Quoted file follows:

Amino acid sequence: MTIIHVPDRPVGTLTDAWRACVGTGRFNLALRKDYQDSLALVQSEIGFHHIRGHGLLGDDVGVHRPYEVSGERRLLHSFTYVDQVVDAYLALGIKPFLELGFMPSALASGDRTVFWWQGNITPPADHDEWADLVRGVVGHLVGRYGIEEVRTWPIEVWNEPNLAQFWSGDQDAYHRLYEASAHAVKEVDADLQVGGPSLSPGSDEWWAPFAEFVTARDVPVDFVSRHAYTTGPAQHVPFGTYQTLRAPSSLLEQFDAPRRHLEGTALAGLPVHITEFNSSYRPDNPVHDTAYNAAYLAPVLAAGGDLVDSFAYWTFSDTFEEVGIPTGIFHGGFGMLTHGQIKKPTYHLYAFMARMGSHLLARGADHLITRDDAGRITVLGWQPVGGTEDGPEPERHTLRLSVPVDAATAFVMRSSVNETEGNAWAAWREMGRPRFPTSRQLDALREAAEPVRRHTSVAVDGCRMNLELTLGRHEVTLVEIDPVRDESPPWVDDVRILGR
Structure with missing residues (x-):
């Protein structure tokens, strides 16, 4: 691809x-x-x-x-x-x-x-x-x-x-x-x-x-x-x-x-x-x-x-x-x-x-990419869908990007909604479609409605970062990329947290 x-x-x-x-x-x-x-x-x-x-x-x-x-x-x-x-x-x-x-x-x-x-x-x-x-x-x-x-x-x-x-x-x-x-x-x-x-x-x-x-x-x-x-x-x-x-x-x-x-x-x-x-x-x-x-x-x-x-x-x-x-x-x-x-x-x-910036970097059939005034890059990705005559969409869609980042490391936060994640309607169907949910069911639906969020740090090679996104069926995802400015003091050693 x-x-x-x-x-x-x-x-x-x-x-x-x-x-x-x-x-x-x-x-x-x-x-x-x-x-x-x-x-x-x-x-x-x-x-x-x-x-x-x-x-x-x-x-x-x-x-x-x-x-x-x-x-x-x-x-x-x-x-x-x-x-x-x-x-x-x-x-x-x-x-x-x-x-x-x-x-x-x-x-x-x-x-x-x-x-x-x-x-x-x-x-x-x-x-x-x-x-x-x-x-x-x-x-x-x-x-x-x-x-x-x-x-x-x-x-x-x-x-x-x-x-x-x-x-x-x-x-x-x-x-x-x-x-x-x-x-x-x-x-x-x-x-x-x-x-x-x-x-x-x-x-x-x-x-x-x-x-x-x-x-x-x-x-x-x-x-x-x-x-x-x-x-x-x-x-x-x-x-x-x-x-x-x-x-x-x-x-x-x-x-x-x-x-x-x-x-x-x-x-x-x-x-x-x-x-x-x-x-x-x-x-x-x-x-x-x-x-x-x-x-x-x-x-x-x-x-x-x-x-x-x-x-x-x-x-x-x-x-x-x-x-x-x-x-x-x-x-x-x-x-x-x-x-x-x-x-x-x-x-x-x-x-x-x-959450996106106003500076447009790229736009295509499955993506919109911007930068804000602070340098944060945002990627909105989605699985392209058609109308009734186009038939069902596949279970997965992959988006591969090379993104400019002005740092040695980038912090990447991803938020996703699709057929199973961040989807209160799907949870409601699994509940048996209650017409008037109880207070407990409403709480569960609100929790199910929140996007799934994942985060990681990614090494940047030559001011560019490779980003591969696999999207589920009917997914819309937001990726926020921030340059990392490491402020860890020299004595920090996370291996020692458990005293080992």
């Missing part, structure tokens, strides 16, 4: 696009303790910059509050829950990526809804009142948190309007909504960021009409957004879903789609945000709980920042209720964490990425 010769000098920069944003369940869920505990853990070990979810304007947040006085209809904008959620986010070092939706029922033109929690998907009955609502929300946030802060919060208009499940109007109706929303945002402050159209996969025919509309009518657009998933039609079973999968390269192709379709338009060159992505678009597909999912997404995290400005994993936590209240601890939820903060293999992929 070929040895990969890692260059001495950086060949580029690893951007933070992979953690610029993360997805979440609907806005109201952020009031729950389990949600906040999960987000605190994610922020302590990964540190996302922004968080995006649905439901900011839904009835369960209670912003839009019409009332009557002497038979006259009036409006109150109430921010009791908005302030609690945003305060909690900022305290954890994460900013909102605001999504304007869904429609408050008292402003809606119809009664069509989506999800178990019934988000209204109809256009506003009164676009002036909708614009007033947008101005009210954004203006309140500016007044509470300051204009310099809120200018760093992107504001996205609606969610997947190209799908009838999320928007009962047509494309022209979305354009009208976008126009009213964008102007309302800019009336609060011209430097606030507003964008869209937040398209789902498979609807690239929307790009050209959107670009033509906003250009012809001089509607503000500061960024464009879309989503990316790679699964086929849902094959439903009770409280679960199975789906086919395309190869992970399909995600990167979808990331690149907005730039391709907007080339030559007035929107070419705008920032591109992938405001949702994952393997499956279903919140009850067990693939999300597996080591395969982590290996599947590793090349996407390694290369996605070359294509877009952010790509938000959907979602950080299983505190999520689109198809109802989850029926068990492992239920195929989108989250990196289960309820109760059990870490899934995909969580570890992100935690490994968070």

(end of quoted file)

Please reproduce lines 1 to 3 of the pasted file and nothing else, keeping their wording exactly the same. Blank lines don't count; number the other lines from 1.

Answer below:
Amino acid sequence: MTIIHVPDRPVGTLTDAWRACVGTGRFNLALRKDYQDSLALVQSEIGFHHIRGHGLLGDDVGVHRPYEVSGERRLLHSFTYVDQVVDAYLALGIKPFLELGFMPSALASGDRTVFWWQGNITPPADHDEWADLVRGVVGHLVGRYGIEEVRTWPIEVWNEPNLAQFWSGDQDAYHRLYEASAHAVKEVDADLQVGGPSLSPGSDEWWAPFAEFVTARDVPVDFVSRHAYTTGPAQHVPFGTYQTLRAPSSLLEQFDAPRRHLEGTALAGLPVHITEFNSSYRPDNPVHDTAYNAAYLAPVLAAGGDLVDSFAYWTFSDTFEEVGIPTGIFHGGFGMLTHGQIKKPTYHLYAFMARMGSHLLARGADHLITRDDAGRITVLGWQPVGGTEDGPEPERHTLRLSVPVDAATAFVMRSSVNETEGNAWAAWREMGRPRFPTSRQLDALREAAEPVRRHTSVAVDGCRMNLELTLGRHEVTLVEIDPVRDESPPWVDDVRILGR
Structure with missing residues (x-):
């Protein structure tokens, strides 16, 4: 691809x-x-x-x-x-x-x-x-x-x-x-x-x-x-x-x-x-x-x-x-x-x-990419869908990007909604479609409605970062990329947290 x-x-x-x-x-x-x-x-x-x-x-x-x-x-x-x-x-x-x-x-x-x-x-x-x-x-x-x-x-x-x-x-x-x-x-x-x-x-x-x-x-x-x-x-x-x-x-x-x-x-x-x-x-x-x-x-x-x-x-x-x-x-x-x-x-x-910036970097059939005034890059990705005559969409869609980042490391936060994640309607169907949910069911639906969020740090090679996104069926995802400015003091050693 x-x-x-x-x-x-x-x-x-x-x-x-x-x-x-x-x-x-x-x-x-x-x-x-x-x-x-x-x-x-x-x-x-x-x-x-x-x-x-x-x-x-x-x-x-x-x-x-x-x-x-x-x-x-x-x-x-x-x-x-x-x-x-x-x-x-x-x-x-x-x-x-x-x-x-x-x-x-x-x-x-x-x-x-x-x-x-x-x-x-x-x-x-x-x-x-x-x-x-x-x-x-x-x-x-x-x-x-x-x-x-x-x-x-x-x-x-x-x-x-x-x-x-x-x-x-x-x-x-x-x-x-x-x-x-x-x-x-x-x-x-x-x-x-x-x-x-x-x-x-x-x-x-x-x-x-x-x-x-x-x-x-x-x-x-x-x-x-x-x-x-x-x-x-x-x-x-x-x-x-x-x-x-x-x-x-x-x-x-x-x-x-x-x-x-x-x-x-x-x-x-x-x-x-x-x-x-x-x-x-x-x-x-x-x-x-x-x-x-x-x-x-x-x-x-x-x-x-x-x-x-x-x-x-x-x-x-x-x-x-x-x-x-x-x-x-x-x-x-x-x-x-x-x-x-x-x-x-x-x-x-x-x-x-x-959450996106106003500076447009790229736009295509499955993506919109911007930068804000602070340098944060945002990627909105989605699985392209058609109308009734186009038939069902596949279970997965992959988006591969090379993104400019002005740092040695980038912090990447991803938020996703699709057929199973961040989807209160799907949870409601699994509940048996209650017409008037109880207070407990409403709480569960609100929790199910929140996007799934994942985060990681990614090494940047030559001011560019490779980003591969696999999207589920009917997914819309937001990726926020921030340059990392490491402020860890020299004595920090996370291996020692458990005293080992």